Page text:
please execute the cell below before starting the tutorial by selecting the cell and pressing Ctrl+Enter

%load_ext autoreload
%autoreload 2
from aiida import load_profile

from aiida.orm import Dict, load_node, load_code
from aiida.engine import submit
from import plot_fleur
from aiida_fleur.workflows.banddos import FleurBandDosWorkChain
from IPython.display import IFrame
# First we will import a prepared dataset for this tutorial with some structures and simulations
# If this was already executed, it will add nothing to the database
!verdi archive import ~/Day3/files/fleur_tutorial_data.aiida

Workchains and high-throughput study

In the next parts of the AiiDA-FLEUR tutorial, we will cover the main part of AiiDA - workchains. Advanced workchains are key-turn solutions for particular tasks such as finding equation of states or performing structure optimisation. The main goal of a workchain is to automatically perform a certain task keeping the history of all performed actions. The main advantage of using workchains is providing a low entering threshold for newcomers and routine tasks automatization for more advanced users. Also they allow for error handling and encoding expert knowledge. Calculations can be cached in AiiDA, to save computational resources, if one runs many similar simulations.

In this part of the tutorial you will explore and learn how to work with AiiDA-Fleur workchains.

Workchains are similar to CalcJob: basically they can be treated as a black box using user's input and producing the output. For example, the SCF workchain is an engine that produces self-consistent charge density (and other interesting parameters) for a given structure. Equation Of States (EOS) workchain calculates equation of states for a given structure and etc.

The power of workchains is hidden behind their possible use in other workchains. Workchain A can be used in a workchain B, workchain C can use workchains A and B etc. Using smaller workchains as building blocks for a more complex algorithms, one can develop hierarchic structure of the task that AiiDA can perform.

Workchain hierarchy

The hierarchy of all implemented workchains in AiiDA-Fleur v1.3.0 is shown below. Black arrows mean the use of a workchain by another one. For instance, the geometry optimization workchain uses the SCF workchain inside it. It is clearly seen that every higher-level workchain uses the SCF workchain, and with that also the Fleur Base workchain, which error handels Fleur Calculations. These workchains are therefore in terms of robustness and flexibily very important.

In next section we will cover the central workchain of the AiiDA-FLEUR plugin: the SCF workchain.

SCF WorkChain

The SCF workchain is responsible for converging the charge density for a given structure. It submits a Fleur calculation several times until the convergence criterion or maximal number of Fleur submissions are reached.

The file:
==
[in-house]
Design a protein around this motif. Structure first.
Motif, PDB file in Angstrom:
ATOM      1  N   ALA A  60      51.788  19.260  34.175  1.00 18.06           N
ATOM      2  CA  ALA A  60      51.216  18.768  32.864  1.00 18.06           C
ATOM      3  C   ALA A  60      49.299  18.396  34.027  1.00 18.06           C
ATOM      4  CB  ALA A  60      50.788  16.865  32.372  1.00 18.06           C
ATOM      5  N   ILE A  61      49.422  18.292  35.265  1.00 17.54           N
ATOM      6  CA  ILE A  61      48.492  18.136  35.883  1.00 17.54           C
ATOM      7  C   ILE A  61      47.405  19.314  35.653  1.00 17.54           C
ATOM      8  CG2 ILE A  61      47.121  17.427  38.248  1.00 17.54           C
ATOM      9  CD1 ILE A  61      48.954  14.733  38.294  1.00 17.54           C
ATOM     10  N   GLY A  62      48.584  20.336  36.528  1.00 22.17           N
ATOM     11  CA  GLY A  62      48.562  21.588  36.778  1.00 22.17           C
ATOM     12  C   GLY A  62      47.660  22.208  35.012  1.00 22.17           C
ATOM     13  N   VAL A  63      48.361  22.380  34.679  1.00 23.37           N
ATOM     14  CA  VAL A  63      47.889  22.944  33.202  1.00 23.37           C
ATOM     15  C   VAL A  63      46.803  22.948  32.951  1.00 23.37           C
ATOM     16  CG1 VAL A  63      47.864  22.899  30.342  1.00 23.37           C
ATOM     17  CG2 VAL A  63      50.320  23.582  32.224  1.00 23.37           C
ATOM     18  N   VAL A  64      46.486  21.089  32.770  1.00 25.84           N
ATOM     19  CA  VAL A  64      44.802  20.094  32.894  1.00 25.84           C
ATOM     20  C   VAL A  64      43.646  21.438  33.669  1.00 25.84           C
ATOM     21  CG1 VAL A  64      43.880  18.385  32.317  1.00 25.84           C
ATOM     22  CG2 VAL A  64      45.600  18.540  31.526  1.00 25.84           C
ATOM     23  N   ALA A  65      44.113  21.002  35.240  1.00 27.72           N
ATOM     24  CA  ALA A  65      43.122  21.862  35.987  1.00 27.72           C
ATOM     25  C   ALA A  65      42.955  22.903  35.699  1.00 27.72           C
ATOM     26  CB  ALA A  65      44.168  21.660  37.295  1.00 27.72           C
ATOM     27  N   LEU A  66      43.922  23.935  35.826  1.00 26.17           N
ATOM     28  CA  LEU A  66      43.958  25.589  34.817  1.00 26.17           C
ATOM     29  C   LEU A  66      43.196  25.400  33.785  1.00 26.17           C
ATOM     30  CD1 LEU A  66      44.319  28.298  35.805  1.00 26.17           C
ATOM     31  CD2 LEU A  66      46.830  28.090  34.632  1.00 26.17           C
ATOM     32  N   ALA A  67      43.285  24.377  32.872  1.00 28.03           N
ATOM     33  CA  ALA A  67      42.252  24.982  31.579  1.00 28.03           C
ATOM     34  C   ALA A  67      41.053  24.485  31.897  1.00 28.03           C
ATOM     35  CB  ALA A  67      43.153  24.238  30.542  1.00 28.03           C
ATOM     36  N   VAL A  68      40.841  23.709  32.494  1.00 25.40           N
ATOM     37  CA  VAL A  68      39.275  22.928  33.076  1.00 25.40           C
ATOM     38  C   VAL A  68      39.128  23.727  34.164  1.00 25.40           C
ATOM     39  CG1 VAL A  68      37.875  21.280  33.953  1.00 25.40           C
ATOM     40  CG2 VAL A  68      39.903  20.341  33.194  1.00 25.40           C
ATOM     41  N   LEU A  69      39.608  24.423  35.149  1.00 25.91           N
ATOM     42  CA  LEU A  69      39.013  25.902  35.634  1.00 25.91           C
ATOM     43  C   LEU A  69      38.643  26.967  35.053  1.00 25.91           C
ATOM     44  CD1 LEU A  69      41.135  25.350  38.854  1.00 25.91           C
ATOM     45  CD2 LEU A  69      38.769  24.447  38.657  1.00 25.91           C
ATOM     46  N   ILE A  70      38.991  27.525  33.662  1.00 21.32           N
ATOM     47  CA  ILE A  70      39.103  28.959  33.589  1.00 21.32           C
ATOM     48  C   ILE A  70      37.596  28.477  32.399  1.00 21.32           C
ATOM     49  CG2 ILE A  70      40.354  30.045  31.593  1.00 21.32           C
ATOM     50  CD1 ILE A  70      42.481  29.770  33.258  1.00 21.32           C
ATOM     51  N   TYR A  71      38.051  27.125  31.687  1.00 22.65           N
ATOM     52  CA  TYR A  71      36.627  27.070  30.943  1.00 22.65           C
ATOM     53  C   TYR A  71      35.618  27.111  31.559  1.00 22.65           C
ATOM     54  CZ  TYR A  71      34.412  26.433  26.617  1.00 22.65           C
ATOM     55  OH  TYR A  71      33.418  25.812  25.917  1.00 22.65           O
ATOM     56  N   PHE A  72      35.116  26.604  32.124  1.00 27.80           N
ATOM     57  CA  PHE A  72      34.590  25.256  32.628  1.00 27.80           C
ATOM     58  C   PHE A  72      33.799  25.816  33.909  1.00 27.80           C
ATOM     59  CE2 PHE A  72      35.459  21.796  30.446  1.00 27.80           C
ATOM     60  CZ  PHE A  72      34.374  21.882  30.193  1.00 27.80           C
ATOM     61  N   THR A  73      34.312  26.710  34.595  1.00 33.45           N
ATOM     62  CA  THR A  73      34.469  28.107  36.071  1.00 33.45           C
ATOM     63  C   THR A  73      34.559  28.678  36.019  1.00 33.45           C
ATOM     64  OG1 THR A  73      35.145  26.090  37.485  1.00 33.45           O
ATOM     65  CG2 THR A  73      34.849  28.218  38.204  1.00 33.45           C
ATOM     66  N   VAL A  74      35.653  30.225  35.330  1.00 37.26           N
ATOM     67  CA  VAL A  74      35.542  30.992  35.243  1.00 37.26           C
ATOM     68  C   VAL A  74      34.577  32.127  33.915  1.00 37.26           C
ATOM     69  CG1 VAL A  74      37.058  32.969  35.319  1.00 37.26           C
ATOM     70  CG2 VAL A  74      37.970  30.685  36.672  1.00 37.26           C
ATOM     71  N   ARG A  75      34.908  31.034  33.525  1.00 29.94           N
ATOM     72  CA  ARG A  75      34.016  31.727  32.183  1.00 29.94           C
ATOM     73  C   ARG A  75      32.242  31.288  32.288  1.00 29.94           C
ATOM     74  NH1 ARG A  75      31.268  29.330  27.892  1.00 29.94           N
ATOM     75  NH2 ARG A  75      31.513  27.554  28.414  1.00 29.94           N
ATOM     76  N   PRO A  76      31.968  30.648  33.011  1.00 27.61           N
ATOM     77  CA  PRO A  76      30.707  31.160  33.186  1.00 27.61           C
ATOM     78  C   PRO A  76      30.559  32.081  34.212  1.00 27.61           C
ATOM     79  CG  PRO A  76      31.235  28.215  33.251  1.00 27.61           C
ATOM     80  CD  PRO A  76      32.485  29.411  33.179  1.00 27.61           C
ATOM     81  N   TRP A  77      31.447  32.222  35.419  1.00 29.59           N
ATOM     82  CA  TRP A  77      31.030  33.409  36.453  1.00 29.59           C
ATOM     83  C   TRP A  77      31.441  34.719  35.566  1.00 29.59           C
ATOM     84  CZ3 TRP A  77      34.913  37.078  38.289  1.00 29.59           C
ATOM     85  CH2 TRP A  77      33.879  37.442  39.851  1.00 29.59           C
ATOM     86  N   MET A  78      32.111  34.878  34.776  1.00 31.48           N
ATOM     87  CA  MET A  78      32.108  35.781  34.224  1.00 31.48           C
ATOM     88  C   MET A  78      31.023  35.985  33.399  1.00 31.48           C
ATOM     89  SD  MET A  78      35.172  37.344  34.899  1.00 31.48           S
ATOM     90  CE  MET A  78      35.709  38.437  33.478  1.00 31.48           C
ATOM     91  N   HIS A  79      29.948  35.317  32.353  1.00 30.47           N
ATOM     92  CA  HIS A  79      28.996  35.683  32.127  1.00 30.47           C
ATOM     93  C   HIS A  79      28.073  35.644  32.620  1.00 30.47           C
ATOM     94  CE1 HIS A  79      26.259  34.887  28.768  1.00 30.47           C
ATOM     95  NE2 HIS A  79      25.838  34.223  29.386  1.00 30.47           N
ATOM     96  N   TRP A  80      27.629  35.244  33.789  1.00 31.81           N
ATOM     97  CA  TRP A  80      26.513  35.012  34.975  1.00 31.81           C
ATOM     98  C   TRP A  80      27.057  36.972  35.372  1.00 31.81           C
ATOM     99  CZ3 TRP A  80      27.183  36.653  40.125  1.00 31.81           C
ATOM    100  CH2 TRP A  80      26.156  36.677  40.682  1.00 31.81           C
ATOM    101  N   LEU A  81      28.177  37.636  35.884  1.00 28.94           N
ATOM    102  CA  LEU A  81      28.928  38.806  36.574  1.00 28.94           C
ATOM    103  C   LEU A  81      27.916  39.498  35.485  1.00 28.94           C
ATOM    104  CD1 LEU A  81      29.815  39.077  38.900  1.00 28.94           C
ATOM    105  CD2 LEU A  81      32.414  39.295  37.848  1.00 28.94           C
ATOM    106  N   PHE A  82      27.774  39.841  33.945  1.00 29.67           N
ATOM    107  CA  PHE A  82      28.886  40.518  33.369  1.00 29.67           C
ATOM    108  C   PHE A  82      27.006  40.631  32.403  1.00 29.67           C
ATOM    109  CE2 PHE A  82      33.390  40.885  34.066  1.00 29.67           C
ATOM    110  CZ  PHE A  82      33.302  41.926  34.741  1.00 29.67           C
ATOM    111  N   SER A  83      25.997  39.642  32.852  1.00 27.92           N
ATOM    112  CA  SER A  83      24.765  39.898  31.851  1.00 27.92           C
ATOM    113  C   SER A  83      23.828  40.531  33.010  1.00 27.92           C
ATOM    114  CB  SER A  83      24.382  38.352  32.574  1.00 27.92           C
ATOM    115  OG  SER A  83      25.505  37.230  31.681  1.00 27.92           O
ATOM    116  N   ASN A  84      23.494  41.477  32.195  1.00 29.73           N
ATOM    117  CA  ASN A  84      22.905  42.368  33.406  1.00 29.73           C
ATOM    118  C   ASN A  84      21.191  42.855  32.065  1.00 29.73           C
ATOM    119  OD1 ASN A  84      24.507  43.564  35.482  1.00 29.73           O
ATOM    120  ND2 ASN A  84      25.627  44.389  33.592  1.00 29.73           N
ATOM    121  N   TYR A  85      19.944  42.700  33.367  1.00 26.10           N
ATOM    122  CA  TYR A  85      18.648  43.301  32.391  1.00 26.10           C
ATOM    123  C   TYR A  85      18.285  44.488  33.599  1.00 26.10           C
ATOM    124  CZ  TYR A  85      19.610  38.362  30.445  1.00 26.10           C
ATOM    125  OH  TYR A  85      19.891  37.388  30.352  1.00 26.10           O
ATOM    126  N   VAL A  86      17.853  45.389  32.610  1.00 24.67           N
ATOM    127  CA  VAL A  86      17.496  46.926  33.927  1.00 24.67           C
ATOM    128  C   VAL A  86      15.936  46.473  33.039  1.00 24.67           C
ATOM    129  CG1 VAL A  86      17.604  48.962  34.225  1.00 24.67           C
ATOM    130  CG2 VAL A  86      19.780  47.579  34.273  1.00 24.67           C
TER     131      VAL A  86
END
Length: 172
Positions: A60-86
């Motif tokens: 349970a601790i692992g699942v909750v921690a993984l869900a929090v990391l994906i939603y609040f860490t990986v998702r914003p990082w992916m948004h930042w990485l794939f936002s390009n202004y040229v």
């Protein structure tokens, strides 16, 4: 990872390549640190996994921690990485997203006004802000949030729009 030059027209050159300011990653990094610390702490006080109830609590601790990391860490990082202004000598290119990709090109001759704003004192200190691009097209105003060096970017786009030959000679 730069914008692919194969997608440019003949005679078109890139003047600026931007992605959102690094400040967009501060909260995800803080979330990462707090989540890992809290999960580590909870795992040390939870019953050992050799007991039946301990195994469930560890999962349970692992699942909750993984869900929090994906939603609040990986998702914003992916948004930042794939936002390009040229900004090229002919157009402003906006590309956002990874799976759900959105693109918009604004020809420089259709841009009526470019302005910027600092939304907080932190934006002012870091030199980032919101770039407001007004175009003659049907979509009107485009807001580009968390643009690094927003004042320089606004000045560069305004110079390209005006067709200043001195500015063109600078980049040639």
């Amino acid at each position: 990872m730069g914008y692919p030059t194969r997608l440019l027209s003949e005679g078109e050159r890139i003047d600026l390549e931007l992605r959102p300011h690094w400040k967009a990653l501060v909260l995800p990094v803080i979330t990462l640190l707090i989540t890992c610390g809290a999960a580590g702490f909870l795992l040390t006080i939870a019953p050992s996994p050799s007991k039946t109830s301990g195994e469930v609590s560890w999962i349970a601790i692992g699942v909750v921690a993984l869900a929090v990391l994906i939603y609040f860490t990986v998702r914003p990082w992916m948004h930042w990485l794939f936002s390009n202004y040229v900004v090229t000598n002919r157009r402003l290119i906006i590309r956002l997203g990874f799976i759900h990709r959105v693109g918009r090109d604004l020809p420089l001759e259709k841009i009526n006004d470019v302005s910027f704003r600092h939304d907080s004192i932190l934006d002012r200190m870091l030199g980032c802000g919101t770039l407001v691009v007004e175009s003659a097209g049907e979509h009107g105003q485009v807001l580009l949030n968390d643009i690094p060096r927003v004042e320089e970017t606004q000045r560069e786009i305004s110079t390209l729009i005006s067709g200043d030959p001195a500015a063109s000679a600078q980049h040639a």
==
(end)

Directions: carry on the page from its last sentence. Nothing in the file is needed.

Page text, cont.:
Inputs of the SCF WorkChain

name type description required
fleur Code Fleur code yes
inpgen Code Inpgen code no
wf_parameters Dict Settings of the workchain no
structure StructureData Structure data node no
calc_parameters Dict FLAPW parameters, used by inpgen no
fleurinp FleurinpData FLEUR input files no
remote_data RemoteData Remote folder of another calculation no
options Dict AiiDA options (computational resources) no
settings Dict special settings for Fleur calculation no

Similarly to the FleurCalculation, SCF workchain has only one required input. Again, one must provide one of the supported input configurations, otherwise the workchain will end with some InputValidationError exit code and message prior launching anything:

  • fleur + fleurinp
  • fleur + fleurinp + remote_data
  • fleur + remote_data
  • fleur + inpgen + structure

In this tutorial we will cover the fleur + inpgen + structure configuration only, which makes the workchain to submit a single inpgen calculation followed by several Fleur code submissions.

SCF workchain submission

Inputs preparation

As always, import the FleurScfWorkChain first:

from aiida_fleur.workflows.scf import FleurScfWorkChain

The default FleurScfWorkChain (v0.4.2) run parameters, which control the workchains behavior are:

{'fleur_runmax': 4,               # maximal number of Fleur submissions
'density_converged': 0.00002,     # density convergence criterion, sets minDistance
'energy_converged': 0.002,
'force_converged': 0.002,
'kpoints_distance': None,         # in 1/A, usually 0.1, will create k-mesh at least this distance in rez. x,y,z.
'kpoints_force_parity': False,
'kpoints_force_odd': False,
'kpoints_force_false': False,
'mode': 'density',                # density is converged, force, and or energy
'serial': False,                  # use no mpi submission
'only_even_MPI': False,
'itmax_per_run': 30,              # number of scf iterations in each Fleur submission, history will be deleted
'force_dict': {                   # Parameters for force mode
    'qfix': 2,
    'forcealpha': 1.0,
    'forcemix': 'straight'
'use_relax_xml': False,
'inpxml_changes': []}             # changes to the inp.xml to apply

For all keys which are not explicitly overriden by user input, the defaults apply.

Next, let us setup input parameters for the workchains behavior in this tutorial. A cell below sets the maximal number of Fleur submission to 2, density convergence criterion to 0.001, maximal number of iterations in a single FleurCalculation to 30 (default). Which is a fast and inaccurate setting.

wf_para = Dict(dict={'fleur_runmax' : 2,           # maximal number of Fleur submissions
                     'density_converged' : 0.001,   # density convergence criterion

We are going to use a StructureData node created in the tutorial number 1. Let us use the stored structure:

# you need to modify this - remind the PK of the silicon structure SI_PK
structure = load_node(SI_PK)

Despite options and wf_parameters are never required, we will set them up because we do not want to use default values.

# same as in notebook 5 for the fleur runs, so you could reuse that option node
options = Dict(dict={'resources' : {"num_machines": 1, "num_mpiprocs_per_machine" : 2},
                     'queue_name' : '',
                     'withmpi' : True,